Document automation, contract lifecycle management, workflow, data abstraction: it can be bewildering for in-house lawyers to know where to start, and how to make the right choice. We asked the experts for their top tips on how to buy legal software the right way.
Peter Lee, CEO, Wavelength Law, a regulated law firm of legal engineers that helps in-house teams and law firms deliver efficiencies and cutting-edge legal services.
Define the problem before you look for a solution
Be very clear about what problem you’re trying to solve. Define the problem first, rather than finding something that looks interesting and looking for an issue for it to address.
Make your choice for the right reasons
The time lag in this type of procurement is often driven by securing budget rather than by people analysing the use case. It might not be that they rush into it, but they’re not making a considered choice for the right reasons. Maybe that’s partly to do with the fact that lawyers generally aren’t typically used to being sold to by professional software salespeople. The normal assessment process that a procurement professional might go through naturally isn’t necessarily there with lawyers - even with senior lawyers. So you end up selecting a product too soon because you’ve been sold it.
Get the right input into the buying decision
Make sure you involve users - in this instance the user lawyers, but also the internal customers. That might be on the business side, such as the sales teams, procurement team, and so on. And then it’s useful to involve people with broader design thinking skills. If you do all that, you’re starting to think more deeply about the user requirements. And all this is before you’ve even decided on a particular product to buy.
One size doesn’t fit all – find tools that work together
Organisations ask Wavelength to design new legal solutions and to integrate them into day-to-day work processes. This involves us deploying a user-centric, design-led approach where we focus on defining the problem, then mapping processes, using data and software tools creatively (sometimes using software tools that the business already has ‘on the shelf’), and ensuring the solution works for the lawyers. We are often engaged to then deliver data services for legal teams, using the solutions we have designed for them.
Catherine Bamford, CEO and Founder, BamLegal, a legal engineering consultancy. Catherine is an expert in legal document automation, a lawyer and qualified project manager.
Plan for implementation
A common mistake is to purchase software but not to budget for, or plan, the resource to implement it. This, coupled with the fact that many software vendors tend to oversell how easy it is to get their solution up and running leads to disillusionment, implementation being seen as ‘too hard’ and ultimately software being shelved rather than used to its full potential.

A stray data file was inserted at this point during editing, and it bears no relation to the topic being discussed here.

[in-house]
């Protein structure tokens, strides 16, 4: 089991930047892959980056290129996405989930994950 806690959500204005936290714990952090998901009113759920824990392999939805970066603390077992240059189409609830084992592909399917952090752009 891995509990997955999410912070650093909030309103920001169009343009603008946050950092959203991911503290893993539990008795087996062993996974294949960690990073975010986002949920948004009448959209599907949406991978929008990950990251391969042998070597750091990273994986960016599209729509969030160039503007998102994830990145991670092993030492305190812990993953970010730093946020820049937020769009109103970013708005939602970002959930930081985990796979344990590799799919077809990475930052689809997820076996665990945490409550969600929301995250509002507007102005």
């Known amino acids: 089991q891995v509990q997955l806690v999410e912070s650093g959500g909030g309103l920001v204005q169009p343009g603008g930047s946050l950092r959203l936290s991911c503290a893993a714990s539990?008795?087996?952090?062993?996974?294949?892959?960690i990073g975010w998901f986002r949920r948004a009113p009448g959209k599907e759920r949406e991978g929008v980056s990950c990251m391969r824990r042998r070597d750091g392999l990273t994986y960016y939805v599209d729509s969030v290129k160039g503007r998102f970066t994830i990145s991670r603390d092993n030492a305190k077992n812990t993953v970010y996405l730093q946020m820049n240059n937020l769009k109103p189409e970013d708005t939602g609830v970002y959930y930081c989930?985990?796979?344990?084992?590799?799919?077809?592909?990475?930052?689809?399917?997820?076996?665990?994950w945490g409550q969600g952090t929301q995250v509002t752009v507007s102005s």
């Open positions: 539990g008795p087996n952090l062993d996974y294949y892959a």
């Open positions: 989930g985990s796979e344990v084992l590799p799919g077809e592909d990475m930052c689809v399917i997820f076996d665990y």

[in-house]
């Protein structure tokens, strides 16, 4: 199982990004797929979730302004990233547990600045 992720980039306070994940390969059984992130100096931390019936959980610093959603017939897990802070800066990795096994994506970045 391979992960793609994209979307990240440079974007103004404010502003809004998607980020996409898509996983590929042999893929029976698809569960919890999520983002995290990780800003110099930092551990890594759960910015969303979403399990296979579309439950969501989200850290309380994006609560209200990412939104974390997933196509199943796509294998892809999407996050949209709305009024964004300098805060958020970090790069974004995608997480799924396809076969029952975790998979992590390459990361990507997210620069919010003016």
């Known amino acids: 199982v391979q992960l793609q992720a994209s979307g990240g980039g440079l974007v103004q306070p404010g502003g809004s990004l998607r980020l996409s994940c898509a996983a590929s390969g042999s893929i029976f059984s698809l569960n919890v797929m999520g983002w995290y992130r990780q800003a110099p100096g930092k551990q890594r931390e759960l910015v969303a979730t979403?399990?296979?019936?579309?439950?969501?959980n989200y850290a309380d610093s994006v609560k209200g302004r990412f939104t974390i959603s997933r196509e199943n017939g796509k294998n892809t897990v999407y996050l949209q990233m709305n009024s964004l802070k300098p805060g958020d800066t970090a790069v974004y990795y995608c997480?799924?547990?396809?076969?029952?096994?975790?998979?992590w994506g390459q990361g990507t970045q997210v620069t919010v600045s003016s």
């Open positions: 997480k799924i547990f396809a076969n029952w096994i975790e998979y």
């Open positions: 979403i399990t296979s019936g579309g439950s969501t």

Can your law firms help?
Ask your panel law firms what they are using and if they can assist; several firms these days have client licenses to certain software available. For example, Hogan Lovells and DWF can help with their client’s document automation, so that clients can avoid going through lengthy procurement and implementation projects and benefit from the firm’s experience.
Get buy-in to avoid shelfware
You need to get buy-in from your team of lawyers. Have advocates or ‘champions’ involved in the procurement, pilot and testing stages so that they can sell the benefits to the rest of the team.
Alistair Maiden, Founder, SYKE, a legal engineering business that helps businesses and law firms to procure and use technology to solve legal problems.
Tech is not a panacea
It’s fundamental that they understand their objectives – what is the legal/commercial problem they are trying to fix? Don’t just assume that technology will be a panacea for general legal inefficiency. Be specific about what you are trying to tackle and work from there. Turn your problem into a set of clear requirements which you can use as the basis for a sourcing event and later your contract(s) with supplier(s). Also don’t underestimate implementation effort. Vendors tend to pitch products as being “easy” but they aren’t really. You will need to hire experts to get the most out of them. Plus you will need to ensure that the relevant parts of your legal process are in good order. For example if you want to automate your contracts process, you will need to polish your template contracts, playbooks and governance and signature process.